Rated: PG-13 for some strong language, injury images, and brief nudity. Reviewed by: Frank Release date: October 2, 2015 Released by: Twentieth Century Fox
If Mark Watney (Matt Damon) was aware that water has been discovered running in streams on Mars part of his problems would have been solved. In the film The Martian food and water are critical to his survival alone on the red planet which is probably four years away from the next arrival and help from Earth.
Watney is part of a team of astronauts who are exploring on Mars when a significant wind storm requires the group to leave the surface quickly before the wind creates a situation where the rocket will not be in a position to take off. Watney is blown away by the significant wind storm and appears to be lost by the other members of his crew. When he awakes he is alone, has limited food, and has a wound in his stomach. What we see from there on is his ability to survive and attempts back on Earth to send help in the form of supplies to him for survival during his sustained period alone nearly 100 million miles from home.
It is impossible not to compare this fiction to the real story of Apollo 13 beautifully presented by Director Ron Howard of the true story of the American failed mission to the Moon which was dramatically saved by the actions both on the Earth and on the space craft, but this is fiction and it has the ability to be even more dramatic, and with more spectacular use of film (in 3D) along with many more views of future space travel equipment. In other words this is fiction that is based on the best guess for the future when a team of adventures will travel to that planet, land and explore that fascinating planet that appears red in the sky.
Watney's speciality on the mission is botany which provides him with an advantage because he knows he will need to grow food if he is to survive the long period alone in space. Potatoes become his best friend and he creatively uses what is available to help grow more of the vegetable for survival. Over time the grub gets quite low and he is forced to use smaller and smaller portions of his limited food supply in order to stretch it to fill the time required. While his experience is dangerous and at times is filled with set backs he maintains a sense of humor which limits the tension and allows us to understand how a person could live alone and in danger for as long as he must to survive.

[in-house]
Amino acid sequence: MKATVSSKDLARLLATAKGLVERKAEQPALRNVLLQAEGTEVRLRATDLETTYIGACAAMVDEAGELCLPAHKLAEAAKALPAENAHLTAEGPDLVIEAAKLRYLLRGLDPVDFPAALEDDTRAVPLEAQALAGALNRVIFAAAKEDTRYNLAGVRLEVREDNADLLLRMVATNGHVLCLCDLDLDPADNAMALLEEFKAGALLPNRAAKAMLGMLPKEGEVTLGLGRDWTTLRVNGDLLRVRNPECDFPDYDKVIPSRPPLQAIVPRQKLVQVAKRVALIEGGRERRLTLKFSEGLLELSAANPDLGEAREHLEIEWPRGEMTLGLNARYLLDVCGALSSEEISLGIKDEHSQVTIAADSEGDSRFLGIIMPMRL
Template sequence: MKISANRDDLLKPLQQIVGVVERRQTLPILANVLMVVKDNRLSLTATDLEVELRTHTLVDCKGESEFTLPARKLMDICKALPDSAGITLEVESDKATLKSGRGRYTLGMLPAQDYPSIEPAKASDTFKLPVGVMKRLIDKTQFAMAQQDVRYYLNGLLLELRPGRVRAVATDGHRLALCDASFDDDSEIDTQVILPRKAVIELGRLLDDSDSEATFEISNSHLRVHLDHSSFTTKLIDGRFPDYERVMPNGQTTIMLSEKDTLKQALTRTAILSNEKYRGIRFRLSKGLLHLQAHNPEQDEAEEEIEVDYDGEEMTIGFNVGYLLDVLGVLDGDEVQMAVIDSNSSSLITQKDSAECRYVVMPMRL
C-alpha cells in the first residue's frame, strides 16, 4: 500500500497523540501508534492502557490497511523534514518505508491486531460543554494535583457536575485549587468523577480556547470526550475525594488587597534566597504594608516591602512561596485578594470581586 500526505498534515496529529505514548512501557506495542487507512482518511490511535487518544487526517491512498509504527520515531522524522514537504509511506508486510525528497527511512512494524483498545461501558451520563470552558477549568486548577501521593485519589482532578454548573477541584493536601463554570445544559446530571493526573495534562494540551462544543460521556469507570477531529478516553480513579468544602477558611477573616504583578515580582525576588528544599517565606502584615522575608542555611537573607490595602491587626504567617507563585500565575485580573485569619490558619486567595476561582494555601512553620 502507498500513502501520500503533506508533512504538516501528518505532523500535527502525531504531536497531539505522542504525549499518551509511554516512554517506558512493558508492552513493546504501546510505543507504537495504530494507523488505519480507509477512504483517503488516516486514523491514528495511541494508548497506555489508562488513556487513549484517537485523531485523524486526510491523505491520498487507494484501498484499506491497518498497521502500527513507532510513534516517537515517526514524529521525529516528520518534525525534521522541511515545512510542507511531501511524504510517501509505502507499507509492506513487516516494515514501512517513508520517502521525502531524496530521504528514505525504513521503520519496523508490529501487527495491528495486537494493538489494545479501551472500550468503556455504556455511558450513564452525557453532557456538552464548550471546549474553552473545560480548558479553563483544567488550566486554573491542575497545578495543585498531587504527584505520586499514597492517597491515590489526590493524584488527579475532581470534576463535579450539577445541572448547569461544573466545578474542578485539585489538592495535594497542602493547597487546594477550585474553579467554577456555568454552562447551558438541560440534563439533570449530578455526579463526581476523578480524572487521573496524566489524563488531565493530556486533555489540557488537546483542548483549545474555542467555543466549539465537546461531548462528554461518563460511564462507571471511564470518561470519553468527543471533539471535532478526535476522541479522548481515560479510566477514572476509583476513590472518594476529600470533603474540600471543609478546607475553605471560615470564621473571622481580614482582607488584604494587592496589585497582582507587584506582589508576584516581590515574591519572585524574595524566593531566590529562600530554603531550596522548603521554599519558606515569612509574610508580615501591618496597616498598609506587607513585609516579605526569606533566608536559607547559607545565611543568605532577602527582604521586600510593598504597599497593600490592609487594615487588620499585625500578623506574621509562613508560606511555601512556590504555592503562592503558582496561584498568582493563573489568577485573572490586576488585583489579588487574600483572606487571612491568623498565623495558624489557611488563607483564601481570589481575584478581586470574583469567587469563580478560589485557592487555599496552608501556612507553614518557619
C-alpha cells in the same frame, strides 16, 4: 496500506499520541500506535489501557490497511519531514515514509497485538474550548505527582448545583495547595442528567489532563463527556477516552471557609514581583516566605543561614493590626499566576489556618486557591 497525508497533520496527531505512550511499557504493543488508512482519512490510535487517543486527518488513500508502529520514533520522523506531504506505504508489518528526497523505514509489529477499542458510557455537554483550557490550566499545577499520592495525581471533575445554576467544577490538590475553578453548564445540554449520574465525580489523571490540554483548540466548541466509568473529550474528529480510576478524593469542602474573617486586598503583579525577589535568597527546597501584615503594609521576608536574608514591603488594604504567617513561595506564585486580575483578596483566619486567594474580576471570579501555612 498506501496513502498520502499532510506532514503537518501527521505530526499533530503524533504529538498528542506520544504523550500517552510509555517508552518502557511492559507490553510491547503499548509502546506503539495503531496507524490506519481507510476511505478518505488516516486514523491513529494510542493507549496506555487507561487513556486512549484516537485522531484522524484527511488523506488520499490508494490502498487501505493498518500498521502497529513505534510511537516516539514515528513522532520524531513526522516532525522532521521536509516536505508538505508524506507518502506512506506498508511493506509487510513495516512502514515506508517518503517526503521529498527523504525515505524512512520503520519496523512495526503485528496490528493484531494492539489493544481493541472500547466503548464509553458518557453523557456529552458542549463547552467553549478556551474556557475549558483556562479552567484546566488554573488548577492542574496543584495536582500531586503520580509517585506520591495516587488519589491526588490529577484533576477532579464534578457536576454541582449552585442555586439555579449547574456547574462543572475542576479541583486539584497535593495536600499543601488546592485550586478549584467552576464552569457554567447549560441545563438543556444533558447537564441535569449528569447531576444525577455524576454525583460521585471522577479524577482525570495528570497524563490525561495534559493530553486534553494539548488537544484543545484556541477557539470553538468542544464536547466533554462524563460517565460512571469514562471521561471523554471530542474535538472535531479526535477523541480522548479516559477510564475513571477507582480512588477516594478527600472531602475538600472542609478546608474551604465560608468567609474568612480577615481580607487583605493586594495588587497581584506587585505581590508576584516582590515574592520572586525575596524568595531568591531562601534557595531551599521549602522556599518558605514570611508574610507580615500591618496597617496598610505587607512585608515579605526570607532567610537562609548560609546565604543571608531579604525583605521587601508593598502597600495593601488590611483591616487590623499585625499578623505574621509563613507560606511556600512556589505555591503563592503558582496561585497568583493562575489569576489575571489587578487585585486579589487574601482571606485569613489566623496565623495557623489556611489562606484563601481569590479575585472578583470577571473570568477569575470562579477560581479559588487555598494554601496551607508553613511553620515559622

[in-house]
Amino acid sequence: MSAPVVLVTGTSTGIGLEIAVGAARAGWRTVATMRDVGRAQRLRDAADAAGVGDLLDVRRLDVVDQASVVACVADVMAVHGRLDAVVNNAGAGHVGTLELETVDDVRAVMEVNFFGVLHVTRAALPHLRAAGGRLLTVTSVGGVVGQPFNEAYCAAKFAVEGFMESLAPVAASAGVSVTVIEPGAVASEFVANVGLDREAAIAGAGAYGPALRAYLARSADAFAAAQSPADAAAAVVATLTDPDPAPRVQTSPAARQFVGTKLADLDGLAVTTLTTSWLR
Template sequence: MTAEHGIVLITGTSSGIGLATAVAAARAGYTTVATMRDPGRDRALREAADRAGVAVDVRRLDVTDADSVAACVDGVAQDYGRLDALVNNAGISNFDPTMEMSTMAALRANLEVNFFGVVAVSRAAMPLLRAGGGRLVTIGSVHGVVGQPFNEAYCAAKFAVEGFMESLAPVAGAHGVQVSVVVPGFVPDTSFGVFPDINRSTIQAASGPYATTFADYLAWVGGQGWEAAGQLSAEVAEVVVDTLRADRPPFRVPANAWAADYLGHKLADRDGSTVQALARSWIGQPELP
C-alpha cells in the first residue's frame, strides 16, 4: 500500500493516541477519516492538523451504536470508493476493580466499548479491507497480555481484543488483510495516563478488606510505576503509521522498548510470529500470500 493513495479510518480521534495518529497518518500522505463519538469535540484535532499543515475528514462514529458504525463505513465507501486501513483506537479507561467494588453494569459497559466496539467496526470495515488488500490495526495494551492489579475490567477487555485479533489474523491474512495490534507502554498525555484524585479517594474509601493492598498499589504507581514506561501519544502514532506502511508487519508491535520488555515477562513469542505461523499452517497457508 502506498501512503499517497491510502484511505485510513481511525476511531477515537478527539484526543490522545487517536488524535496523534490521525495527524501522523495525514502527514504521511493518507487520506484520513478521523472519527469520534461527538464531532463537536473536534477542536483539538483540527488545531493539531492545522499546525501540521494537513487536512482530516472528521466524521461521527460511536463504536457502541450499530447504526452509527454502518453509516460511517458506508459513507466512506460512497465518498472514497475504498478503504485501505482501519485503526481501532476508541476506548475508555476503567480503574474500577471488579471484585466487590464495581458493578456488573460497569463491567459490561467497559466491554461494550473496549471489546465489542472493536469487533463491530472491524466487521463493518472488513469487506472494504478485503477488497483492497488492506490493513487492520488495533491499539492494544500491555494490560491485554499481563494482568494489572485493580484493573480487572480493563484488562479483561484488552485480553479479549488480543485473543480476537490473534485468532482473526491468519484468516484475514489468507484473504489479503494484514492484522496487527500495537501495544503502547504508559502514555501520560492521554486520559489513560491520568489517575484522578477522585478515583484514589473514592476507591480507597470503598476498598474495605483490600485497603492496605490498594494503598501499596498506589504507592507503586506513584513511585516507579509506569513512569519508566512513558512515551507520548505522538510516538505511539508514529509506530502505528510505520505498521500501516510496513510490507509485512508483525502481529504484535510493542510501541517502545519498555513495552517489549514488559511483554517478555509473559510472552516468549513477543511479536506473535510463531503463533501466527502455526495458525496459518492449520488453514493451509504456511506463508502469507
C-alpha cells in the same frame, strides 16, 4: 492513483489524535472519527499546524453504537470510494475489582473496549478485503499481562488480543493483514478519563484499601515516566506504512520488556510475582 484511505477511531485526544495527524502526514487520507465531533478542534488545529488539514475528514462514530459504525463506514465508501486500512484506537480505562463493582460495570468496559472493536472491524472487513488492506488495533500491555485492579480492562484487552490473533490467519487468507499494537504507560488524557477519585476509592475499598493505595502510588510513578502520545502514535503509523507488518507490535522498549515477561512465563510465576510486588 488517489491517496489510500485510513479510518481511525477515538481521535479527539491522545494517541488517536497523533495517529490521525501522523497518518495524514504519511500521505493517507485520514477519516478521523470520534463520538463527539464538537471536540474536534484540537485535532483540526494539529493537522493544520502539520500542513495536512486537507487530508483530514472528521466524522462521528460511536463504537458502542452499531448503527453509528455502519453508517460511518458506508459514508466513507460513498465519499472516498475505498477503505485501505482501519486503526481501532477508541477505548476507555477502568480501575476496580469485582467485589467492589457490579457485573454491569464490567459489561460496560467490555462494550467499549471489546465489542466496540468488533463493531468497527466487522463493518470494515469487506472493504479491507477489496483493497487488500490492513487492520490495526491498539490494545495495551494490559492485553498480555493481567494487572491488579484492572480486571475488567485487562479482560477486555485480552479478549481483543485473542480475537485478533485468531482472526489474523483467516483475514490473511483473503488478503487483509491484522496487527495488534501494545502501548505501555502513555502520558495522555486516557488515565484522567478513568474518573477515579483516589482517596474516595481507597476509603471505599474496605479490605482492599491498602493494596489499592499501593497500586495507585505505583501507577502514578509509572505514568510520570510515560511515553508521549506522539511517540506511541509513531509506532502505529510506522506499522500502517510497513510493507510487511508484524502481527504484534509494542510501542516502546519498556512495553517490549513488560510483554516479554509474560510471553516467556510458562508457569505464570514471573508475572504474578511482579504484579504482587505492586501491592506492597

On Earth Teddy Sanders (Jeff Daniels) is the head of NASA who is a very cautious organization head. He doesn't want to endanger the remainder of the crew to save the one person that has fallen behind and he is very concerned with the image of the agency he is responsible for. Without saying he is a typical bureaucrat who is attempting to get through the crisis without creating any shadows on his agency. Vincent Kapoor (Chiwetel Ejiofor) and Kristen Wig as Anne Montrose are advisers who are not sure the safe way is the way to go. I guess Daniels is somewhat of a villain but only through caution.
Jessica Chastain is the leader of the crew which Watney was a part of and is on her way back to Earth with her crew in which Rick Martinez (Michael Pena) is a key player particularly near the end of the film. The space craft which departed Mars as Watney fell into the red dust has been traveling for months back toward Earth not knowing Watney has survived. At the same time NASA is planning to launch a ship with supplies to be sent to Mars to arrive just in time to provide food and other needs to allow the lost man to sustain himself until the next crew arrives. The international cooperation in that endeavor is enjoyable to watch as space agencies from foreign countries supply needed equipment for the launch.
The human factor arises again at the climax of the film and is very prominent at the end. But for much of the film the photography and the design of the space craft along with the living quarters on Mars are remarkable to view. For those of us who were impressed and inspired by the painted backgrounds of science fiction films in the past, the work here is spectacular and beautiful. With 3D and a large screen we feel as though we are in space looking at the small dots which are planets millions of miles away and the movement of the space ship as it travels the long journey in the void of space is as realistic as can be. The calculation of how to save Watney comes from Donald Glover who plays Rich Purnell in a small part that becomes important when he uses him skill to show all the folks with higher positions and degrees that "if we do this" we can save him.
Director Ridley Scott has put it all together a story of loneliness mixed with the massive effort by many to save the one man and the gigantic audience on Earth following each careful step in the process of rescue. It is exciting and even when the technical details are given short shift it appears that all the bases have been touched. This is an exciting enjoyable trip lost in space.